The Maryland Court of Appeals ruled that there is no blanket immunity for actions police take to obtain a warrant. The decision overruled the dismissal of a libel lawsuit brought by Sgt. Robert Smith and former Detective Vicki Mengel who were subject to a search warrant that claimed they had drugs in their desks and lockers. Drugs were found in the raid but they were never charged. Both denied any wrongdoing.
The defense argued that investigating officers Detective Sgt. Scott Danielczyk and Detective John Jendrek had immunity since the warrant was a part of the judicial process. This was unanimously rejected by the court, which found that, as judges often don’t have the time or ability to review warrants for accuracy, officers are responsible for the accuracy of information contained in the warrant.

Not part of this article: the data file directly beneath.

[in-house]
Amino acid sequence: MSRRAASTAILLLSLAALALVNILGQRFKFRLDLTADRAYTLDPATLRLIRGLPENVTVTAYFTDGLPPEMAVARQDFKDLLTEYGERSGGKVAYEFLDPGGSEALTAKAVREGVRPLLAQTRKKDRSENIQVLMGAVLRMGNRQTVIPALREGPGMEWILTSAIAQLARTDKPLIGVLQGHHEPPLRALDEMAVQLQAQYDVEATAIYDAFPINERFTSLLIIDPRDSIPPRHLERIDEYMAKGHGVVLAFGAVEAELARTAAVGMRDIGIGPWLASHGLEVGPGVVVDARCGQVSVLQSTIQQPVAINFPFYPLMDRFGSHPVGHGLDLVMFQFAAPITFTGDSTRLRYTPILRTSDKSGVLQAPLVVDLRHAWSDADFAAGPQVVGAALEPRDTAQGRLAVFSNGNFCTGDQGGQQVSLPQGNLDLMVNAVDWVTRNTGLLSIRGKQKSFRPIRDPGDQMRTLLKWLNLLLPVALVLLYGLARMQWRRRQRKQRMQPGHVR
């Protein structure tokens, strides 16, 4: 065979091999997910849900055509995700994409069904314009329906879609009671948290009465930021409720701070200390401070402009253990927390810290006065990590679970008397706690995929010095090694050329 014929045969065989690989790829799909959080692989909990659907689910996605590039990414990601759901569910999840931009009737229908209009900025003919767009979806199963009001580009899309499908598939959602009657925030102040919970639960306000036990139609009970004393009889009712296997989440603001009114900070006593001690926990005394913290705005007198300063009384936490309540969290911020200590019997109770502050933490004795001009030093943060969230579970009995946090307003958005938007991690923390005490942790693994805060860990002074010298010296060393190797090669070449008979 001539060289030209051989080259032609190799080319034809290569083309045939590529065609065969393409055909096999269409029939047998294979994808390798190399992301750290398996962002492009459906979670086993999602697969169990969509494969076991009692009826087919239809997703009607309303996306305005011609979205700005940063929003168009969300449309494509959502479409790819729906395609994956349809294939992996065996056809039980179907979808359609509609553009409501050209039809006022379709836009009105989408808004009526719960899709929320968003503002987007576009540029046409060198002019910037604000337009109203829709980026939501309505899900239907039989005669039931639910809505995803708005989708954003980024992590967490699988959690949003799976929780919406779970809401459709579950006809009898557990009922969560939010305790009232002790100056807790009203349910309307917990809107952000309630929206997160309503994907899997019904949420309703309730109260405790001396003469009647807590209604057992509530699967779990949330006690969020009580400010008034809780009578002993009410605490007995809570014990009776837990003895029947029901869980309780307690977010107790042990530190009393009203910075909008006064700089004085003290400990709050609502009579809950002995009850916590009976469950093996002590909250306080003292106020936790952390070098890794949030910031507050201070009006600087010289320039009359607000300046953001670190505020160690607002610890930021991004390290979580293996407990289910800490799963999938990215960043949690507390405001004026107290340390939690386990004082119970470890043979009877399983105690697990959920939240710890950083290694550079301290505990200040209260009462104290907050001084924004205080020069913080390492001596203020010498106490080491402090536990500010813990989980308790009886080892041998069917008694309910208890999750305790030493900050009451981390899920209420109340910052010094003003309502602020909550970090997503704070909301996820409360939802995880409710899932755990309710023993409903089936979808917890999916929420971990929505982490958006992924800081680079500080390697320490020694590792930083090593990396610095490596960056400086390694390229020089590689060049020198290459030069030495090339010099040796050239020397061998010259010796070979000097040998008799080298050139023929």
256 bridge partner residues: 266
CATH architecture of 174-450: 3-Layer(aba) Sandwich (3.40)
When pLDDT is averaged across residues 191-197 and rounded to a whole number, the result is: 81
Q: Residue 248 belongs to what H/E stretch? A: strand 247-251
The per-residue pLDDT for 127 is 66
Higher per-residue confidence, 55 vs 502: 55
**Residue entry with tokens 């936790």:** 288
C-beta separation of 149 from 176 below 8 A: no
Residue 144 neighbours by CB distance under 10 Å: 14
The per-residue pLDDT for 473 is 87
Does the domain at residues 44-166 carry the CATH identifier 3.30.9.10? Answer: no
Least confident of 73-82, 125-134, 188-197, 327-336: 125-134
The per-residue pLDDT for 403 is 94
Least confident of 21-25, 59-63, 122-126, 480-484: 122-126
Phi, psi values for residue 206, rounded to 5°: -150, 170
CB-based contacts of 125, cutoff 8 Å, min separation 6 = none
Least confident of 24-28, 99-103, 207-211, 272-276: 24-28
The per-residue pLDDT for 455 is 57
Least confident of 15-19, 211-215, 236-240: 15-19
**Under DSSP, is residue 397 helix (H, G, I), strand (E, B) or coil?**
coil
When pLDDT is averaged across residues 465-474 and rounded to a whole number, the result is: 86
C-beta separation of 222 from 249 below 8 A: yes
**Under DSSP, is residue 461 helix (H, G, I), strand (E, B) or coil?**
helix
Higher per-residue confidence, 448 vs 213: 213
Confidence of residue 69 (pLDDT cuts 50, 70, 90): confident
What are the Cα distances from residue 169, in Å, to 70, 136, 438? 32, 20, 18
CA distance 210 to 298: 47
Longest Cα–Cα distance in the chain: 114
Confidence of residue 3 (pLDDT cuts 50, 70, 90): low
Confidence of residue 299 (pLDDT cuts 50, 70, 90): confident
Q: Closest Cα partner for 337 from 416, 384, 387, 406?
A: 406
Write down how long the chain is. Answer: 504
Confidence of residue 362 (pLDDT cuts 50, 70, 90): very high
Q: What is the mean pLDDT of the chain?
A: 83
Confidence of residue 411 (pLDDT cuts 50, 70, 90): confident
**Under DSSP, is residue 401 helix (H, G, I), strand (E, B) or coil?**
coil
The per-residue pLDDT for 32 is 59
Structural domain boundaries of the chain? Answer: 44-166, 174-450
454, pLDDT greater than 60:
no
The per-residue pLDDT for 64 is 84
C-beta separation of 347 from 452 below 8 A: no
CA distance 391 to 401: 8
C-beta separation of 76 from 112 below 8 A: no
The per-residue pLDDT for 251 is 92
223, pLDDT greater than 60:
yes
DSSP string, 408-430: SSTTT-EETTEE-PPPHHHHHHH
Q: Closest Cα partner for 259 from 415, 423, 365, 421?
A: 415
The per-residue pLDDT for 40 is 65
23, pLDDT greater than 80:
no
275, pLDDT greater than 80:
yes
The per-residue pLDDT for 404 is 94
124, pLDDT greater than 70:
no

Concerns are that the ruling may result in fruitless warrants generating lawsuits. It isn't clear how being sure that a warrant is well grounded before issuing it is a bad thing. However, the threat litigation could curtail the willingness to seek warrants and burden the police with legal fees.